Wages at the top of the income distribution continue to rise much more rapidly than wages for everyone else, according to an analysis of the latest federal data by the Economic Policy Institute, a progressive think tank.

But the data are just as notable for what they don’t say, according to the report by EPI economist Elise Gould. Increases in wages at the top are outpacing economists’ ability to measure them because the federal survey tracking the wage data “top-codes” the highest earnings amounts: For confidentiality reasons, wages are fully recorded only up to a certain threshold. The Bureau of Labor Statistics and the Census Bureau, which jointly administer the survey, haven’t changed that threshold in 20 years, even as top incomes have skyrocketed. As a result, the survey is capturing less information on top pay than it used to.

“All workers who report weekly earnings above $2,884.61 (annual earnings for full-year workers above $150,000) are recorded as having weekly earnings of exactly $2,884.61, to preserve the anonymity of respondents,” Gould writes. That top-code threshold hasn’t been updated since 1998. As a result, the survey is becoming less useful for tracking top incomes at a time when public concern over inequality is growing. Representatives from the Census Bureau did not immediately respond to a request for comment.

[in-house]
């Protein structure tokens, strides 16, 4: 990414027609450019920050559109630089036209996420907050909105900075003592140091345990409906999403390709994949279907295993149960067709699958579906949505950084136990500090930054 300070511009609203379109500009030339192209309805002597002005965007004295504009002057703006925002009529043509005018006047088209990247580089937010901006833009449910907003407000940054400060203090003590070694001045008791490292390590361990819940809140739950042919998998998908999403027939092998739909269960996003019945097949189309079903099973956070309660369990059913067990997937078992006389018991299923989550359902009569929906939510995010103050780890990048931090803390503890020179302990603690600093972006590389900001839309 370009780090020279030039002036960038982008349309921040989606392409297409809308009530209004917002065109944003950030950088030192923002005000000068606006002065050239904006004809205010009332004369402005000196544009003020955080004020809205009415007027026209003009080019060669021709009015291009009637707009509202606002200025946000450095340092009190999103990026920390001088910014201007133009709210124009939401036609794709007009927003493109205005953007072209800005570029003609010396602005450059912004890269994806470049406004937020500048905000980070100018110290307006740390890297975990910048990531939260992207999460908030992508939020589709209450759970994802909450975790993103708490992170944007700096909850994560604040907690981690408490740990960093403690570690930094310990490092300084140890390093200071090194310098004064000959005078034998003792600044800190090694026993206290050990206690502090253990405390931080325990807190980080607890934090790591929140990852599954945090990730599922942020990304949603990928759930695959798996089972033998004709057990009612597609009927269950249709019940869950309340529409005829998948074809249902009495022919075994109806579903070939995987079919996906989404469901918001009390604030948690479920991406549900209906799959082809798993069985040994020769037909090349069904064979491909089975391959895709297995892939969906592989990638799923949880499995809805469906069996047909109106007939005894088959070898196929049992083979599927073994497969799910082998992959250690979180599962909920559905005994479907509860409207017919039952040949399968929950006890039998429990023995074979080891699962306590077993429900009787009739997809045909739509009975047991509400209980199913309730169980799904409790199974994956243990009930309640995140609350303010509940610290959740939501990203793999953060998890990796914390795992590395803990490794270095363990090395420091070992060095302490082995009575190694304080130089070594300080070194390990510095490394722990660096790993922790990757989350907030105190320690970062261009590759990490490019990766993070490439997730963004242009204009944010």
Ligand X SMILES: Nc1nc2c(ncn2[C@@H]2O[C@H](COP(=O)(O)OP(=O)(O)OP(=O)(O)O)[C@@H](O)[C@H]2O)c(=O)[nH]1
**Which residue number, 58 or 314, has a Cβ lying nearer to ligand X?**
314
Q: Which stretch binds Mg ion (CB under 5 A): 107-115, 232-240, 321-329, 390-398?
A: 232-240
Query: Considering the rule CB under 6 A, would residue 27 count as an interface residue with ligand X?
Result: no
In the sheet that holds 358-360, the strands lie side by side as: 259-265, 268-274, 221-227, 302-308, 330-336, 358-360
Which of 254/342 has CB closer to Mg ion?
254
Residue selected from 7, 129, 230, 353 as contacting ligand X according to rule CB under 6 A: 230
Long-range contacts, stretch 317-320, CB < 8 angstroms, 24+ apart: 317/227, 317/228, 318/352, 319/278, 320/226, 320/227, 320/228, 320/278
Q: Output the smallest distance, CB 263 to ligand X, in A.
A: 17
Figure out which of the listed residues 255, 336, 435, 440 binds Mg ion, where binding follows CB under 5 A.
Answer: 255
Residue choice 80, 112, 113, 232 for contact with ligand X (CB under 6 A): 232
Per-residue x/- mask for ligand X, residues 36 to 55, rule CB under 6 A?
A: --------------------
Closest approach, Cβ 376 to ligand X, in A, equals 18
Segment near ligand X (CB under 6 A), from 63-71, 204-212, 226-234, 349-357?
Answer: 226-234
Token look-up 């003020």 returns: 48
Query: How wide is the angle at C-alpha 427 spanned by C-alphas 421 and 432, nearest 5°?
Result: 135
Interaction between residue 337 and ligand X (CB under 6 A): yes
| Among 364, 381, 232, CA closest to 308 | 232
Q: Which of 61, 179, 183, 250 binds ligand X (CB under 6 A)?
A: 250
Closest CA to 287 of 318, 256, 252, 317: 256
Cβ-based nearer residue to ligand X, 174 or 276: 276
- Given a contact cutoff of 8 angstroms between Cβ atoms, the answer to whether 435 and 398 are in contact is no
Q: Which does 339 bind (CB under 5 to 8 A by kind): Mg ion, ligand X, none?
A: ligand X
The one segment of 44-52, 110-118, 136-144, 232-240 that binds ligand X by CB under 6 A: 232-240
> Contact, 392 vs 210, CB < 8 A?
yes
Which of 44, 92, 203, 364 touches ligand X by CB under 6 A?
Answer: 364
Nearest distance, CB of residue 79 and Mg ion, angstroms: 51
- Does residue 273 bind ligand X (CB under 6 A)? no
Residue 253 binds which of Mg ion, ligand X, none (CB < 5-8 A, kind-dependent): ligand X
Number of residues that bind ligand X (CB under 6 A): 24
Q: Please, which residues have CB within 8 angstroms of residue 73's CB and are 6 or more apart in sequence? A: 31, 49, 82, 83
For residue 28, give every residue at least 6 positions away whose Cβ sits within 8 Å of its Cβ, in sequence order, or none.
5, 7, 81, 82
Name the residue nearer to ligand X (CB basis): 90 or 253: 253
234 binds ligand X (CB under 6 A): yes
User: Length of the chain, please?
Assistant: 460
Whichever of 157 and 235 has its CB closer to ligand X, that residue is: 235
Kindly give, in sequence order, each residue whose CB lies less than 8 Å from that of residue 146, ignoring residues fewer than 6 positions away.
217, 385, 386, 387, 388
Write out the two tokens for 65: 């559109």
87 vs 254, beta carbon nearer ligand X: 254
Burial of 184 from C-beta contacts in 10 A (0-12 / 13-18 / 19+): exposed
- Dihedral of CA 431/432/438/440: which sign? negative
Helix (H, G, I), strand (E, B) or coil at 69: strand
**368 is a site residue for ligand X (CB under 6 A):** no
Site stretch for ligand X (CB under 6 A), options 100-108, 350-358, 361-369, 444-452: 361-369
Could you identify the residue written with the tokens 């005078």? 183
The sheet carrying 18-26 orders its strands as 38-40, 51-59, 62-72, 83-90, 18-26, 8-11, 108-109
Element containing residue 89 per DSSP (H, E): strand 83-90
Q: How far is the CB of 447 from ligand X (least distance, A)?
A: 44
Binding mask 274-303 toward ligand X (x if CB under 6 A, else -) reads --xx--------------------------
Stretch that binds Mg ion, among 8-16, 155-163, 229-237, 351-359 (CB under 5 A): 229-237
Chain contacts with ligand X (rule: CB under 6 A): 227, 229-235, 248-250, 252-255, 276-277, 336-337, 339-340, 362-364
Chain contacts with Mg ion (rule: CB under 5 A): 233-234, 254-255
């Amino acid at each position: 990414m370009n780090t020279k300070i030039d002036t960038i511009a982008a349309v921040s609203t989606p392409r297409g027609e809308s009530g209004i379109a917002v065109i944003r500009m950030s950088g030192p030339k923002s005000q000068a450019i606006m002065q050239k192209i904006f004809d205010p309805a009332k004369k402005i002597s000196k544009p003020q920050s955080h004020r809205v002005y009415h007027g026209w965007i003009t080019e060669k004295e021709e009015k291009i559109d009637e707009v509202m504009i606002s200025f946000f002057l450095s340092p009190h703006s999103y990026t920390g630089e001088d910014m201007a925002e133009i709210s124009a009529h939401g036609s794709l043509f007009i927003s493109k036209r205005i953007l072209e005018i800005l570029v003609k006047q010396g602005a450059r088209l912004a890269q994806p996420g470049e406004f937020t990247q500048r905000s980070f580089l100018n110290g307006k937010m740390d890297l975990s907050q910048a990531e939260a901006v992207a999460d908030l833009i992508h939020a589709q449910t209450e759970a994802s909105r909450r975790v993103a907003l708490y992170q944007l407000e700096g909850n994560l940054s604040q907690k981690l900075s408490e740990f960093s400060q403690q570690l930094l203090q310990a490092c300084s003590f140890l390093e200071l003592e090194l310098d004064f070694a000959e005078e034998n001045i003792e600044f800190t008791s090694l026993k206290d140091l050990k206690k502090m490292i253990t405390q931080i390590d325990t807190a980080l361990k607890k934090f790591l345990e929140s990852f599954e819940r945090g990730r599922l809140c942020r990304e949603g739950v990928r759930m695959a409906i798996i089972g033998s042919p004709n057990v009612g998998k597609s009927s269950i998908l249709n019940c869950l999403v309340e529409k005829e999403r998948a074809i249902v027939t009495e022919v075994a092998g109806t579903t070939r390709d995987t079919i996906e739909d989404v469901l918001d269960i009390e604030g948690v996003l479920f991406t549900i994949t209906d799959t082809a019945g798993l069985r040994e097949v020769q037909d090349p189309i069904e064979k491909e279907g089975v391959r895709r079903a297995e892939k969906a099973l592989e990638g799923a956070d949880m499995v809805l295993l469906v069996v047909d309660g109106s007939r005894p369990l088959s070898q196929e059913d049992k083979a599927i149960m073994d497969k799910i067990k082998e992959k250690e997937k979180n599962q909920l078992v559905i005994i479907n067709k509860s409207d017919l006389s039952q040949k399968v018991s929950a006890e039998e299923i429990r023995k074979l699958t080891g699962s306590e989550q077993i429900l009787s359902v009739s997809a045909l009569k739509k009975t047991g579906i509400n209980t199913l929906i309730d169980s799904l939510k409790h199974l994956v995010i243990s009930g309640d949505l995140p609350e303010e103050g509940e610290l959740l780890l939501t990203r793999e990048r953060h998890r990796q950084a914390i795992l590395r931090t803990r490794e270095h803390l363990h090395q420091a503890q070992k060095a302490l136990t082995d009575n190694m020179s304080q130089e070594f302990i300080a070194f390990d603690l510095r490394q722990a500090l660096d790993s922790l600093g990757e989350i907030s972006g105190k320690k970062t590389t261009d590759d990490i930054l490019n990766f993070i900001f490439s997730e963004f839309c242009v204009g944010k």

Wages at the top of the income distribution continue to rise much more rapidly than wages for everyone else, according to an analysis of the latest federal data by the Economic Policy Institute, a progressive think tank.

But the data are just as notable for what they don’t say, according to the report by EPI economist Elise Gould. Increases in wages at the top are outpacing economists’ ability to measure them because the federal survey tracking the wage data “top-codes” the highest earnings amounts: For confidentiality reasons, wages are fully recorded only up to a certain threshold. The Bureau of Labor Statistics and the Census Bureau, which jointly administer the survey, haven’t changed that threshold in 20 years, even as top incomes have skyrocketed. As a result, the survey is capturing less information on top pay than it used to.

“All workers who report weekly earnings above $2,884.61 (annual earnings for full-year workers above $150,000) are recorded as having weekly earnings of exactly $2,884.61, to preserve the anonymity of respondents,” Gould writes. That top-code threshold hasn’t been updated since 1998. As a result, the survey is becoming less useful for tracking top incomes at a time when public concern over inequality is growing. Representatives from the Census Bureau did not immediately respond to a request for comment.

Read the rest of Christopher Ingraham’s  article at The Washington Post